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7.3 IDI slow to start after fuel line replacement

Discussion in '6.9L IH & 7.3L IDI Diesels' started by J Mark, Sep 16, 2020.

  1. J Mark

    J Mark Registered User

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    Hi folks, new to the forum and new to diesel truck ownership also. I have a 1990 F250 7.3 IDI, had it for about a year. Had a local mechanic replace the fuel lines recently due to cracking, and since then it's had a hard time starting when cold. It'll cough a bit of smoke right away, like it wants to catch, but then takes 20-30 seconds of cranking until it actually starts - at which point it runs a bit rough for a little bit longer. Before the fuel lines were replaced it started up just fine. Oh also there is a clicking sound after the 'wait to start' light goes off before I turn the key to start. Is it possible the mechanic didn't reconnect something needed for the initial feeding of fuel at startup? Or something else?
     
  2. frankenwrench

    frankenwrench overkill is under rated!

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    May have jarred a glow plug wire loose. What it sounds like to me with the clicking. If u get immediate belch if smoke when cranking it's getting fuel. But no glow plugs, hard to start. Even if it's just a few disconnected.
     
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  3. gandalf

    gandalf Senior Member

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    Welcome to the best Ford IDI forum there is! You'll find us a friendly bunch, and more knowledgeable than the mechanics at many Ford dealers. They simply don't want to deal with these old diesels.

    You've got to tell us more about your truck. How many miles? Has the injection pump been replaced? How about the glow plugs? The lift pump? Are you running a lift pump or have you converted to an electric fuel pump? Add some basics about your truck in the signature block, so it appears on your every post.

    Based on what you've said, I think you have an air leek in your fuel line. You've got to crank until you eliminate the air in the fuel lines. Be careful--if you crank more than 15-20 seconds quit and let the starter cool for a couple minutes. That starter is fighting high compression turning over the diesel, it's working hard.

    The clicking sound is probably your glow plug controller, in which case you shouldn't worry. It might also be an electric fuel pump, in which case it's normal.

    More will follow me with additional suggestions.
     
  4. J Mark

    J Mark Registered User

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    Thanks for the suggestions - on my issue and on using the forum! My truck is all stock as far as I know, 91,000 miles. I've had it for about a year but haven't driven it all that much. It was an old guy's occasional hauling truck for most of its life, I don't know if the IP or glow plugs ever got replaced. Also don't know about the fuel pump upgrade or not.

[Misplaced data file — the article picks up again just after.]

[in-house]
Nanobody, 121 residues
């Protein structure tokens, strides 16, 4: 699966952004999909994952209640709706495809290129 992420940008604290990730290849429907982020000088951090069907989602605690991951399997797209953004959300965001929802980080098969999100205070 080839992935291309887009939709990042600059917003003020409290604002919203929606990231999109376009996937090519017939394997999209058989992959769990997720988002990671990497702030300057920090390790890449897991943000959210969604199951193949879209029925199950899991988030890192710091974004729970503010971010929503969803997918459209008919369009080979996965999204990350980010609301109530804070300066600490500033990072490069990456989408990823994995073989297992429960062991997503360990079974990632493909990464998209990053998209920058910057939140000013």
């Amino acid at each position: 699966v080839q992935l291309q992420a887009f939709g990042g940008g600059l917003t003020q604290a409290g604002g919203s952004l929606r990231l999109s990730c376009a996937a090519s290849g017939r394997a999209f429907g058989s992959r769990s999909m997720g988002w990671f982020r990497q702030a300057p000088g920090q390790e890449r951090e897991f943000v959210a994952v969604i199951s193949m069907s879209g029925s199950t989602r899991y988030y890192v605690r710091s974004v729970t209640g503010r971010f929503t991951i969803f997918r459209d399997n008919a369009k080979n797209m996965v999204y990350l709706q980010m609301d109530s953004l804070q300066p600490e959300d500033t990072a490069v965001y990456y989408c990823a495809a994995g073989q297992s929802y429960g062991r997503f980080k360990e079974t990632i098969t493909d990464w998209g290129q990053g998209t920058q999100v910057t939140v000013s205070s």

Glow plug wires all seem connected as far as I can tell, and a once-over on fuel lines seems like everything's connected too. Is there a way to locate air leaks in the fuel lines that might not be obvious on first glance?
     
  5. IDIBRONCO

    IDIBRONCO IDIBRONCO

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    Look for wet places along your fuel lines. Air leaks will usually, but not always, let fuel out after the engine is shut off. Air leaks can be a PITA to find. You didn't say which fuel line(s) cracked, but I'm going to assume that it's one of your injector lines since they seem to be the most common. I'm also going to suggest to start looking at the return caps on your injectors closely. If the mechanic was working around them, he/she could have bumped one or more of the caps or rubber lines between them. That's all it takes to start a leak if the O-rings underneath them are old and hard. Another thing to check is that all of the metal clamps that hold the injector lines are in place. If one is missing, it can let another injector line crack.
     
  6. J Mark

    J Mark Registered User

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    Thanks, y'all. Upon further inspection it's leaking fuel (and probably sucking air too) from the top of the fuel filter, around the fuel heater.
     
  7. IDIBRONCO

    IDIBRONCO IDIBRONCO

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    I'm glad that you found the issue. That's a common place for a leak to happen. Since the heater does next to nothing, even when new, a lot of people just delete it. You can pull it out and tap it out to 1/2" NPT and put a plug in there.
     
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  8. Cubey

    Cubey Full timer RVer

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    Yellow natural gas/propane rated teflon tape might work as a band aid for the threads. I used it for my electric fuel pump conversion fittings since I already had a very old roll of it from RV propane lines. The stuff doesn't seem to go bad with age since it's not leaking any from any of the fittings after 6 months of being exposed to diesel. I've also used it on propane lines in my current RV without any leaks. It should hold up better to diesel than white water rated teflon tape. It's thicker/more rigid, not super stretchy.
     
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  9. IDIBRONCO

    IDIBRONCO IDIBRONCO

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    The heater on the 7.3 style filter head doesn't thread in.
     

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